Pleasant Creek State Recreation Area near Palo this week reopened its campground, cabins and shelters — just in time for the last weekend of peak camping season — but the lodge and beach still are closed because of damage from the Aug. 10 derecho.
“There are still some large tree debris piles on the beach area from the large damaged trees that had to be taken down,” Tom Basten, Iowa Department of Natural Resources district supervisor for southeast Iowa parks, said about Pleasant Creek. “The lodge had the side panels destroyed by the winds.”
The campground at Lake Macbride State Park, near Solon, remains closed because of downed trees and wind damage to electrical pedestals and the boat ramp, Basten said.
Palisades-Kepler State Park, near Mount Vernon, suffered major damage to the roof of the lodge, two cabin roofs and some siding, Basten said. These buildings have been sealed up to protect them until repairs can be made. The park will not reopen until fallen trees can be removed from trails.
Wapsipinicon State Park, near Anamosa, reopened after the storm for Labor Day weekend.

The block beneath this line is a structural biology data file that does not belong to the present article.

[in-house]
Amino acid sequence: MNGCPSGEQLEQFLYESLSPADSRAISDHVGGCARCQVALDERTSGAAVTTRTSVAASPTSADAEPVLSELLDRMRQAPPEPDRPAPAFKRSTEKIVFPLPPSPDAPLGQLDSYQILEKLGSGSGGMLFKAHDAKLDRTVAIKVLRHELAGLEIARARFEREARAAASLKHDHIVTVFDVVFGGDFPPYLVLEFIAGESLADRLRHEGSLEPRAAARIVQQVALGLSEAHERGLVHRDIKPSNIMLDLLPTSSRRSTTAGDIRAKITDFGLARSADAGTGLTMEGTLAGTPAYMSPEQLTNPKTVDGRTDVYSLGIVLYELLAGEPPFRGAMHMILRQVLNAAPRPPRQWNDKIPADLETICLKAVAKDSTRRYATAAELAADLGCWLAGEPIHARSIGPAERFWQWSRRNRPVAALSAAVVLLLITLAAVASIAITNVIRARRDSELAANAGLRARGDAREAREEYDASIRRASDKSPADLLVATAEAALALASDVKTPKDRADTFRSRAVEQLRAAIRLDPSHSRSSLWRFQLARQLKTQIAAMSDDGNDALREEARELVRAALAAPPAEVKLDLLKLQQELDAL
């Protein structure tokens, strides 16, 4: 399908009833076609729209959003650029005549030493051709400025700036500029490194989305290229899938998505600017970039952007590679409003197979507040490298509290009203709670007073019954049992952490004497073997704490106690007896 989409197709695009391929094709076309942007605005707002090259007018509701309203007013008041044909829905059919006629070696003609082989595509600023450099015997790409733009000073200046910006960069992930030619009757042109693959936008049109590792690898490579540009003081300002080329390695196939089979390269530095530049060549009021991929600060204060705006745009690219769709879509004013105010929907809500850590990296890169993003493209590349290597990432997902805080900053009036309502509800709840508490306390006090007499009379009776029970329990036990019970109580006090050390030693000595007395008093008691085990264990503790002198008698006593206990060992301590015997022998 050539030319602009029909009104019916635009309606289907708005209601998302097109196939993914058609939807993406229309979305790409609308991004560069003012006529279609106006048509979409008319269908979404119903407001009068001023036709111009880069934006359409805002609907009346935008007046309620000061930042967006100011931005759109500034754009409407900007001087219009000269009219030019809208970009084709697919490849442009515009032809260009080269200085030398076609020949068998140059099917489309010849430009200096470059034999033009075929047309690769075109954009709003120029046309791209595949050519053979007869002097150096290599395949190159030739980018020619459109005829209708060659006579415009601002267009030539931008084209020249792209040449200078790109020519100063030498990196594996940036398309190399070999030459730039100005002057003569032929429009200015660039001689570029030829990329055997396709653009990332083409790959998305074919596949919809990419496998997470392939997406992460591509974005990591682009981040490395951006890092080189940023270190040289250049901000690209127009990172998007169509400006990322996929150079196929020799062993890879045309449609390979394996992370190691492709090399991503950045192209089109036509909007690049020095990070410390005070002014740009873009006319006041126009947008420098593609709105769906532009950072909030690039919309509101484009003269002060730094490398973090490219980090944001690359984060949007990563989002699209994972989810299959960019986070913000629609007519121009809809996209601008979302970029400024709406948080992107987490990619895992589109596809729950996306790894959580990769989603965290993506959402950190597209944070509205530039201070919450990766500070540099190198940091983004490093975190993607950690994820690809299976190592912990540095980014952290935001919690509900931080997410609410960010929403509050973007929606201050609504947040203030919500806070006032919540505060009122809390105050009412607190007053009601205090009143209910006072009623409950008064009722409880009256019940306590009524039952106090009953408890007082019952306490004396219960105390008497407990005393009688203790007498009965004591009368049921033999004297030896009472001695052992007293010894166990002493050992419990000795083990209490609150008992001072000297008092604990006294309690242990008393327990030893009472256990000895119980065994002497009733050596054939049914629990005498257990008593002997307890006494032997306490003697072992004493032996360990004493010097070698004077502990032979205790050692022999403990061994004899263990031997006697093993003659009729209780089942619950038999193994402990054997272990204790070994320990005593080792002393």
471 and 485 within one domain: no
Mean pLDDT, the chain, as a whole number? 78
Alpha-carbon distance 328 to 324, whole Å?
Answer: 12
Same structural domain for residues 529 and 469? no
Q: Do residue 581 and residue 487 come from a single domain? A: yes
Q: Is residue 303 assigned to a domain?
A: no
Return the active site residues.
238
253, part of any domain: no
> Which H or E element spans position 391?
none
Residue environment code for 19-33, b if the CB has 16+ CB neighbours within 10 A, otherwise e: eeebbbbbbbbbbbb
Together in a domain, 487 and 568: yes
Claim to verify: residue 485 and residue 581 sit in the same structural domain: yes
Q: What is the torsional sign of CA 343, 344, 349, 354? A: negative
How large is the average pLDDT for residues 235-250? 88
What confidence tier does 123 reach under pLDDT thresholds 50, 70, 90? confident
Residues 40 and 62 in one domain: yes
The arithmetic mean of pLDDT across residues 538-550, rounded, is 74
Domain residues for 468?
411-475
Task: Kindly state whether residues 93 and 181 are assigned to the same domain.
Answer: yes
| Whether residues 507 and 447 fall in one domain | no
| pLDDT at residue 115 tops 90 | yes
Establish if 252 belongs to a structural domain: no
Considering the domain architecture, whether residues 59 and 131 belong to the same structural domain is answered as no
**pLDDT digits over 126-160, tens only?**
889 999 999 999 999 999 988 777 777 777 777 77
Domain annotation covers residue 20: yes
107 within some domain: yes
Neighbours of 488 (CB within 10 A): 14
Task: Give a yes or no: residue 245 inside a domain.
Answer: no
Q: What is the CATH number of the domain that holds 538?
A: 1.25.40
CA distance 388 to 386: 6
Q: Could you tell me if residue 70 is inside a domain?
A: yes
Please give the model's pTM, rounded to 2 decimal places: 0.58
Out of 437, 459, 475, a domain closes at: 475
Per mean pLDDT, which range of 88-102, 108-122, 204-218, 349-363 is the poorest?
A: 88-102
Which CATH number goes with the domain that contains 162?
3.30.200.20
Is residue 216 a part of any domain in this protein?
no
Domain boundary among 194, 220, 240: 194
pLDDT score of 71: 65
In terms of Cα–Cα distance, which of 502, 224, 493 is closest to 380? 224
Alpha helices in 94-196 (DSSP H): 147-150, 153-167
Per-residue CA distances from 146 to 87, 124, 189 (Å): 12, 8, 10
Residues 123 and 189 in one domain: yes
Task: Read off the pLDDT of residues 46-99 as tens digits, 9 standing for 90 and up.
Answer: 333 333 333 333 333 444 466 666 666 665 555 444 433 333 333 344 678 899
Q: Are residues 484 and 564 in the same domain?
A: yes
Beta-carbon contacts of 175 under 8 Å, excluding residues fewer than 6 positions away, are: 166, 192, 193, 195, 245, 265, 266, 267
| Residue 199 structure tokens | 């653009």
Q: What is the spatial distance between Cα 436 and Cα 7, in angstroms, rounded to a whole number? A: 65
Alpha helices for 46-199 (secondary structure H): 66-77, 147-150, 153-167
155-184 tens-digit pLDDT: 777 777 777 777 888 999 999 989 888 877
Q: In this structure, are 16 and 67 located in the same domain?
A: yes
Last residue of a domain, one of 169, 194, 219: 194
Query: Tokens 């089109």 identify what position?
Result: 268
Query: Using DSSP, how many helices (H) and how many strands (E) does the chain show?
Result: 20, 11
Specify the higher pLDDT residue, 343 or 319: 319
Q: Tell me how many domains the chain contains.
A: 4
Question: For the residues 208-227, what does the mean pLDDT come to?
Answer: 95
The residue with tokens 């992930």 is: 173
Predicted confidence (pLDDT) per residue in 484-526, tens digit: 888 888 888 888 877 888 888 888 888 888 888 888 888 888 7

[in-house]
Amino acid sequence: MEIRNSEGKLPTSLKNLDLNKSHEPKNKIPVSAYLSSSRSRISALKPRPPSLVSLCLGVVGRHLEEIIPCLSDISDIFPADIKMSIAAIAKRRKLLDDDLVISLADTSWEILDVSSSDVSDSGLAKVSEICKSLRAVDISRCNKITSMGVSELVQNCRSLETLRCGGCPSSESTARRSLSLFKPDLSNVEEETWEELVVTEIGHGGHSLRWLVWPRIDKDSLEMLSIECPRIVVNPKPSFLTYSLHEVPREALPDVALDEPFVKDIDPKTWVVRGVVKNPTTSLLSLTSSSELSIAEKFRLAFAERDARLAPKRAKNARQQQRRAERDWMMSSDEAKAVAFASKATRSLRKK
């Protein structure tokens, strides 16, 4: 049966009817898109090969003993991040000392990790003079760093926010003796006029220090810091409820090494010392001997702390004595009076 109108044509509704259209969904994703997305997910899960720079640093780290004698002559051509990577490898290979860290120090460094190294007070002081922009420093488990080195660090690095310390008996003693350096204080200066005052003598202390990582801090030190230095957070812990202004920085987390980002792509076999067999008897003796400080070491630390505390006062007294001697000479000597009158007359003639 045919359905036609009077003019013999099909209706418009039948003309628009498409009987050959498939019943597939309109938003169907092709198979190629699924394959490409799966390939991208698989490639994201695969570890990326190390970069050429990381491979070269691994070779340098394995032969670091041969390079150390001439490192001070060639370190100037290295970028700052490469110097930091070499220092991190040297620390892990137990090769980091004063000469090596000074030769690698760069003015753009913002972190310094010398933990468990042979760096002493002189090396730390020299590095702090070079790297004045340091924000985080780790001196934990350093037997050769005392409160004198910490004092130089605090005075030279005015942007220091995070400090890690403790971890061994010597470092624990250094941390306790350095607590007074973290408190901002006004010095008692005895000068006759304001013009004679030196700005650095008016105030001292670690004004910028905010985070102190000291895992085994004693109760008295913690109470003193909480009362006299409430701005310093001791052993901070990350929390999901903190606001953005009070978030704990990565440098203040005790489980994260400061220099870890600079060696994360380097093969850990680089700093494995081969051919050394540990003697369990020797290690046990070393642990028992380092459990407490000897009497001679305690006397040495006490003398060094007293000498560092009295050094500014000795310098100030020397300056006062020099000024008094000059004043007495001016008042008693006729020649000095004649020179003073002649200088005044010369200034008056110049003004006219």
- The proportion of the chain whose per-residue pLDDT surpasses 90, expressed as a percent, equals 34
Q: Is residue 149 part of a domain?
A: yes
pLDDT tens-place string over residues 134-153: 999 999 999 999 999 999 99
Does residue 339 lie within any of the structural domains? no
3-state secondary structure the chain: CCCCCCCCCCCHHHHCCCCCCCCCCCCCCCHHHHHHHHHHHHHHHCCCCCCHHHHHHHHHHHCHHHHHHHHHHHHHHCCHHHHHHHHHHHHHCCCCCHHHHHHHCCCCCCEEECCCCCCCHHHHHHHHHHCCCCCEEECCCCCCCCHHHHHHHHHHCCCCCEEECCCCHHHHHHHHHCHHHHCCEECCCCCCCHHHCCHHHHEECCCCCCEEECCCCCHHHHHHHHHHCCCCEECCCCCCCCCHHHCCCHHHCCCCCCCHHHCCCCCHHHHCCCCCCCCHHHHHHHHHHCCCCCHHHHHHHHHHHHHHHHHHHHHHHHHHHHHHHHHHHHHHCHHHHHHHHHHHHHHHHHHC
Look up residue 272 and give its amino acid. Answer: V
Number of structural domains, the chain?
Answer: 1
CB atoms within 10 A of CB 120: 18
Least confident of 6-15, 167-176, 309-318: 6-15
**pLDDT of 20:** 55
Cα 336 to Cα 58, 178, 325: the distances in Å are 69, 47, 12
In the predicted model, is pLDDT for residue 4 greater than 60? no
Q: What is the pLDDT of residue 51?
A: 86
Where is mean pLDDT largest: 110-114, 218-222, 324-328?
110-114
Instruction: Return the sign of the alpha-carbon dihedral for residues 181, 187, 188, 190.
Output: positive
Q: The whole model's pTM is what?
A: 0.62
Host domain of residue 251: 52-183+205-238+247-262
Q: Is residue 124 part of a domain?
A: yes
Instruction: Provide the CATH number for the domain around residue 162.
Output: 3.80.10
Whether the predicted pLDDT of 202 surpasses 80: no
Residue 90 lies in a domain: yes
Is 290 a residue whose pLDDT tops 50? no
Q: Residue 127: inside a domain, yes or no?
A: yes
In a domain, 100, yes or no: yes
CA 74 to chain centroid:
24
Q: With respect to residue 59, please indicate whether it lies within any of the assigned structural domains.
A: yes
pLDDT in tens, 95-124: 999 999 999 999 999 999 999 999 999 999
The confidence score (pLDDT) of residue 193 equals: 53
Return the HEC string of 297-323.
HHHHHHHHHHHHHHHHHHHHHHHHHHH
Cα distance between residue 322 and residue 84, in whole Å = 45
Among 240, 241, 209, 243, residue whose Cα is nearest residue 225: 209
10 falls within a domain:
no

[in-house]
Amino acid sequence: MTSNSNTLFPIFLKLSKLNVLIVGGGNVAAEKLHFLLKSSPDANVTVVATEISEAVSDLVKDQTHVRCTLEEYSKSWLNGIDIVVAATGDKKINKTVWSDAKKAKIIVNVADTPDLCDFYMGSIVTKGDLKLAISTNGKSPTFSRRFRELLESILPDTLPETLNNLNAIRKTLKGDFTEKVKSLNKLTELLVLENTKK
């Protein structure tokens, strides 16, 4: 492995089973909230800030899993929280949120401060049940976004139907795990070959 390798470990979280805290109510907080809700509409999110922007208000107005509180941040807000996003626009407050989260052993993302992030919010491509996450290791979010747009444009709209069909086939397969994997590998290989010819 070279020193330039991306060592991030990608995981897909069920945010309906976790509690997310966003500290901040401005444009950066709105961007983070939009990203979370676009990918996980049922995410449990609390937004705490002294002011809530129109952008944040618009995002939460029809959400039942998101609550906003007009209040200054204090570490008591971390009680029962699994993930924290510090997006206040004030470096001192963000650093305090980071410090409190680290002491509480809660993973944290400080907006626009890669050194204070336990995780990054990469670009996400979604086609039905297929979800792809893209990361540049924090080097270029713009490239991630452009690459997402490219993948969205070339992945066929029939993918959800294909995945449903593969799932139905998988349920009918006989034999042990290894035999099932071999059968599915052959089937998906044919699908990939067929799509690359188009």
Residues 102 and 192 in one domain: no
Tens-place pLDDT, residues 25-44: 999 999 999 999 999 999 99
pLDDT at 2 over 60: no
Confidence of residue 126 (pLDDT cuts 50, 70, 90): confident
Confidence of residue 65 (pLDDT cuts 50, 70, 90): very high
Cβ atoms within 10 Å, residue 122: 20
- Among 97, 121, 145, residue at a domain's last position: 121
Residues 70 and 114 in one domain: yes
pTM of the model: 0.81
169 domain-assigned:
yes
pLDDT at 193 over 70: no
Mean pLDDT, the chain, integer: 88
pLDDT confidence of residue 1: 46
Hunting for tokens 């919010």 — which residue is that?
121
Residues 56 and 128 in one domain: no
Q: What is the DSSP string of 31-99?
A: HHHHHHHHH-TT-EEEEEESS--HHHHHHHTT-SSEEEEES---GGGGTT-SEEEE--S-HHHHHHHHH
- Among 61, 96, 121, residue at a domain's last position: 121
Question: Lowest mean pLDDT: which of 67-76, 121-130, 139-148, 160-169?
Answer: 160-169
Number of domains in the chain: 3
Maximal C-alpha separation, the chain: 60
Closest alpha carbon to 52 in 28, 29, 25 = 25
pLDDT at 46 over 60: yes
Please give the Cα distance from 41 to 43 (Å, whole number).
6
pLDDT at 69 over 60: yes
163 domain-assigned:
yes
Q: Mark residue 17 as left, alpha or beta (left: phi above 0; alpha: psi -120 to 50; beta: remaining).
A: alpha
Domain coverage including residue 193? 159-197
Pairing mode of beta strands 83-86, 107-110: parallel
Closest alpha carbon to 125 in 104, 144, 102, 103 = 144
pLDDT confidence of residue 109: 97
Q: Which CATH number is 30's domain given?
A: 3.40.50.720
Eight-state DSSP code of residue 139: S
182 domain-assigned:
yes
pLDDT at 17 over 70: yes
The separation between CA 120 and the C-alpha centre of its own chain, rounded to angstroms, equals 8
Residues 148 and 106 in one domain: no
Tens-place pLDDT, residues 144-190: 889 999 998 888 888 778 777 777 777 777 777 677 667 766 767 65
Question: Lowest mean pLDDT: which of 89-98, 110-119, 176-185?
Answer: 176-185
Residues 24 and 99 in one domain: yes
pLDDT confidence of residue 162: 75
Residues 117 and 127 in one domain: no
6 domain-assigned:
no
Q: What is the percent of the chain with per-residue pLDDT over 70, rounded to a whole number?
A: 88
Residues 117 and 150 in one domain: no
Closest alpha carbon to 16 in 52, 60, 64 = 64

Iowa’s 66 campgrounds in 64 state parks were busy earlier this season as Iowans look for socially-distant recreation during the COVID-19 pandemic. The system had 6,400 more reservations through July 31 than it had for the whole 2019 season — and that’s even with a late start due to closures meant to slow the spread of the coronavirus.
Peak camping season ends Wednesday at most state parks, with campsites ranging in cost from $9 a night for a non-electric site in a non-modern campground to $16 a night for an electric site in a modern campground. Starting Oct. 1 at most state parks, rates go down to $6 and $11 respectively.
Campgrounds with an extended peak season to Oct. 15 are Backbone South Lake Campground, Lake Macbride North Campground, Ledges, Maquoketa Caves, Palisades-Kepler, Volga River, Lakeview and Walnut Woods.
The Iowa DNR’s total cost for derecho cleanup isn’t known yet, Basten said.
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“Most cleanup has been completed by park and forestry staff from parks and forests in Eastern Iowa,” he said. “There has been some contracted work for hazard tree removal that involved boom trucks.”
Basten said the department is looking into whether some lumber companies might want to harvest fallen trees, with proceeds offsetting cleanup costs.
The Federal Emergency Management Agency will help pay for some costs, including tree cleanup, damaged campground pedestals, hydrants and boat docks, Basten said. The Iowa DNR also may seek some funds from the Iowa Executive Council.
“The DNR is following the process for getting approval and guidelines for both options,” he said.
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